Kung Fu of the Dark Father: Poems
Kung Fu of the Dark Father presents not only the poet’s father, the author’s own enigmas, but also a veritable lineage of men confronting what Lorca describes as the duende in art and life—mythology’s insistence that one must enter the underworld before there is any hope of bearing light. Here we meet a destruction derby hero, the Rolling Stones, Freud’s cocaine habit, Meriwether Lewis’ less than heroic return from the great West; St. Augustine, Copernicus, Hemingway’s third son—each facing a darkness that poetry helps bear. There are also wild gurus, wandering monks—a terrestrial crew despite celestial aspirations—the human in each of us, with clay feet under a tainted moon.
- Praise for Dane Cervine’s Poetry -
…has a fine sense both of language and the interconnectedness of human lives that for me is at the heart of poetry.
—Adrienne Rich, author of Later Poems: Selected & New
…poems that matter…the beauty and pain of life become indistinguishable. Deliciously full of joy, insight, and awe.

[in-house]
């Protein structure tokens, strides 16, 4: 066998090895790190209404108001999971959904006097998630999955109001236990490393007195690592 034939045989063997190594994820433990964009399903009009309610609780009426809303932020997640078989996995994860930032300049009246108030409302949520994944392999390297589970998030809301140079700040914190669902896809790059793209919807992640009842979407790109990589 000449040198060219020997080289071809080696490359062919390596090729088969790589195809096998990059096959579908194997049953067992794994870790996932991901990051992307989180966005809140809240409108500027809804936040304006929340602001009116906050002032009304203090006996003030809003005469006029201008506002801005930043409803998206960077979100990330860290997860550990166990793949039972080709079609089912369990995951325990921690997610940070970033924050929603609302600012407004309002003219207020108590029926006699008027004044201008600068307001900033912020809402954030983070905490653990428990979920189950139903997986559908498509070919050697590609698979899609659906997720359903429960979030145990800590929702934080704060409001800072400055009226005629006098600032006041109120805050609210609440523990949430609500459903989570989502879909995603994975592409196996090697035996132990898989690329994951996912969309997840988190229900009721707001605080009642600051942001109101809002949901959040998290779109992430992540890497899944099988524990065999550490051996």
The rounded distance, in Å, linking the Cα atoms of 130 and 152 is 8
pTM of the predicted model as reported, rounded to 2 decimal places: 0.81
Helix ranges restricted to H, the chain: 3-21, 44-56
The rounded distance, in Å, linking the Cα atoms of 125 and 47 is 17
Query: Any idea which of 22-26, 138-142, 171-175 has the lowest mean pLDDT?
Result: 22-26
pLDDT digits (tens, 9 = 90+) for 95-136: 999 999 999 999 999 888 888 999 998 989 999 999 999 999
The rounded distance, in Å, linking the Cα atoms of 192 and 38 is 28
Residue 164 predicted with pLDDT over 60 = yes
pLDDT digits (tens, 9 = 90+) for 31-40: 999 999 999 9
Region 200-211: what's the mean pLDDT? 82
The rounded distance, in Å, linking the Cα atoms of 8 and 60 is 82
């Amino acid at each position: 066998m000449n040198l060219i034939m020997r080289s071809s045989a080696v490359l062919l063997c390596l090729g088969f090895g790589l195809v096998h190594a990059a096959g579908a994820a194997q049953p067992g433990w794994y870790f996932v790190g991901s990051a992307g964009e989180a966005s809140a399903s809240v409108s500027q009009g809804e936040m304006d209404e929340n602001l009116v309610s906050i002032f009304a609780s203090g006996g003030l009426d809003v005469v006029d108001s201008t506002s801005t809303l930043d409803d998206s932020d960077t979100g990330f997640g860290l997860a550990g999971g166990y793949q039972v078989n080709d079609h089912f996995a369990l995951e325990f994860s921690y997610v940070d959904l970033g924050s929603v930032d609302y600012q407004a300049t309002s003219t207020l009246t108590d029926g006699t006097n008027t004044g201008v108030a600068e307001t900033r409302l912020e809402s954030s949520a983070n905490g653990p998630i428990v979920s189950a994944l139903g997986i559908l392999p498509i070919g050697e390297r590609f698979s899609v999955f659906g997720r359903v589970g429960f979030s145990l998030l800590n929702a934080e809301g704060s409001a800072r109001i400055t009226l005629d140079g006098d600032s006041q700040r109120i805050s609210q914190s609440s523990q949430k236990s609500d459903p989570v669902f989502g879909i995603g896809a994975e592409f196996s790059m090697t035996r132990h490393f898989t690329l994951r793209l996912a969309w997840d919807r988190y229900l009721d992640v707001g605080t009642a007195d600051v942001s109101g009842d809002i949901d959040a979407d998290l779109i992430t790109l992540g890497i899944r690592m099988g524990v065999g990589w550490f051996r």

—Ellen Bass, author of Like a Beggar
…it is really the passion and precision…that earns my full attention.
—Tony Hoagland, author of Application for Release from the Dream: Poems
…clear struck bells.
—Jane Hirshfield, author of The Beauty
Dane Cervine’s books include How Therapists Dance (2013), and, The Jeweled Net of Indra (2007)—both from Plain View Press. His poems have won or been finalists for awards from Adrienne Rich, Tony Hoagland, the Atlanta Review, Caesura, and been nominated for a Pushcart award. His work appears in a diverse range of publications, including The SUN, the Hudson Review, Poetry Flash, Catamaran Literary Reader, anthologies, short film, animation, newspapers, including a fine press broadside of his poem “Clay Feet” from Sam Amico’s Middle Earth press.
136 pages, $16.95
Philosophy : Eastern
Poetry : Inspirational & Religious
Sports & Recreation : Martial Arts & Self-Defense